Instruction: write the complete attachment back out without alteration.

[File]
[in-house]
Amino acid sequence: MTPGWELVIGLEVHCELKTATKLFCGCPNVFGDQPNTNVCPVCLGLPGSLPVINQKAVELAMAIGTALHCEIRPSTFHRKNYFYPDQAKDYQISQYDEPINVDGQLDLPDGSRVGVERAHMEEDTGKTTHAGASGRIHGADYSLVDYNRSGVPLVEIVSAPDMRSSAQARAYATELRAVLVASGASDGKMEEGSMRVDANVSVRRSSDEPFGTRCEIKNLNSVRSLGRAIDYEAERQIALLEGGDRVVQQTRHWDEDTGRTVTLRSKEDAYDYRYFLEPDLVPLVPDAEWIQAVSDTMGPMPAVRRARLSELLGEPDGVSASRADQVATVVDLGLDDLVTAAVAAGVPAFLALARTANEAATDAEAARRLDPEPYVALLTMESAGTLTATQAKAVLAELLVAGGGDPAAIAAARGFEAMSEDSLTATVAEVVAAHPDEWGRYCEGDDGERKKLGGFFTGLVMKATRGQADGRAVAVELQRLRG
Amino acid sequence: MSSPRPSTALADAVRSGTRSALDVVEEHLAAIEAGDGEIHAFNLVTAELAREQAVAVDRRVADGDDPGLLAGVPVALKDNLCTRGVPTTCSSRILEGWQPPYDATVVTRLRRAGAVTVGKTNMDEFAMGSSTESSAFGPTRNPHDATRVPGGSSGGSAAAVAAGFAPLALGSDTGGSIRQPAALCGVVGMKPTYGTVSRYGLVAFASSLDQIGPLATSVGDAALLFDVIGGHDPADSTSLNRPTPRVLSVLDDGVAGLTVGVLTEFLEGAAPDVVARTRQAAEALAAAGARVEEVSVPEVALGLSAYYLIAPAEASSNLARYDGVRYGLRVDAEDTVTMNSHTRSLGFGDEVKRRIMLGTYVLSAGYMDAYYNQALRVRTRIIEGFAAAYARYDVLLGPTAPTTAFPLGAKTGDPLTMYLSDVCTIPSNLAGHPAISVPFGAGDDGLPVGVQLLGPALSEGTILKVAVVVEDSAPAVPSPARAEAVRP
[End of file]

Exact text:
[in-house]
Amino acid sequence: MTPGWELVIGLEVHCELKTATKLFCGCPNVFGDQPNTNVCPVCLGLPGSLPVINQKAVELAMAIGTALHCEIRPSTFHRKNYFYPDQAKDYQISQYDEPINVDGQLDLPDGSRVGVERAHMEEDTGKTTHAGASGRIHGADYSLVDYNRSGVPLVEIVSAPDMRSSAQARAYATELRAVLVASGASDGKMEEGSMRVDANVSVRRSSDEPFGTRCEIKNLNSVRSLGRAIDYEAERQIALLEGGDRVVQQTRHWDEDTGRTVTLRSKEDAYDYRYFLEPDLVPLVPDAEWIQAVSDTMGPMPAVRRARLSELLGEPDGVSASRADQVATVVDLGLDDLVTAAVAAGVPAFLALARTANEAATDAEAARRLDPEPYVALLTMESAGTLTATQAKAVLAELLVAGGGDPAAIAAARGFEAMSEDSLTATVAEVVAAHPDEWGRYCEGDDGERKKLGGFFTGLVMKATRGQADGRAVAVELQRLRG
Amino acid sequence: MSSPRPSTALADAVRSGTRSALDVVEEHLAAIEAGDGEIHAFNLVTAELAREQAVAVDRRVADGDDPGLLAGVPVALKDNLCTRGVPTTCSSRILEGWQPPYDATVVTRLRRAGAVTVGKTNMDEFAMGSSTESSAFGPTRNPHDATRVPGGSSGGSAAAVAAGFAPLALGSDTGGSIRQPAALCGVVGMKPTYGTVSRYGLVAFASSLDQIGPLATSVGDAALLFDVIGGHDPADSTSLNRPTPRVLSVLDDGVAGLTVGVLTEFLEGAAPDVVARTRQAAEALAAAGARVEEVSVPEVALGLSAYYLIAPAEASSNLARYDGVRYGLRVDAEDTVTMNSHTRSLGFGDEVKRRIMLGTYVLSAGYMDAYYNQALRVRTRIIEGFAAAYARYDVLLGPTAPTTAFPLGAKTGDPLTMYLSDVCTIPSNLAGHPAISVPFGAGDDGLPVGVQLLGPALSEGTILKVAVVVEDSAPAVPSPARAEAVRP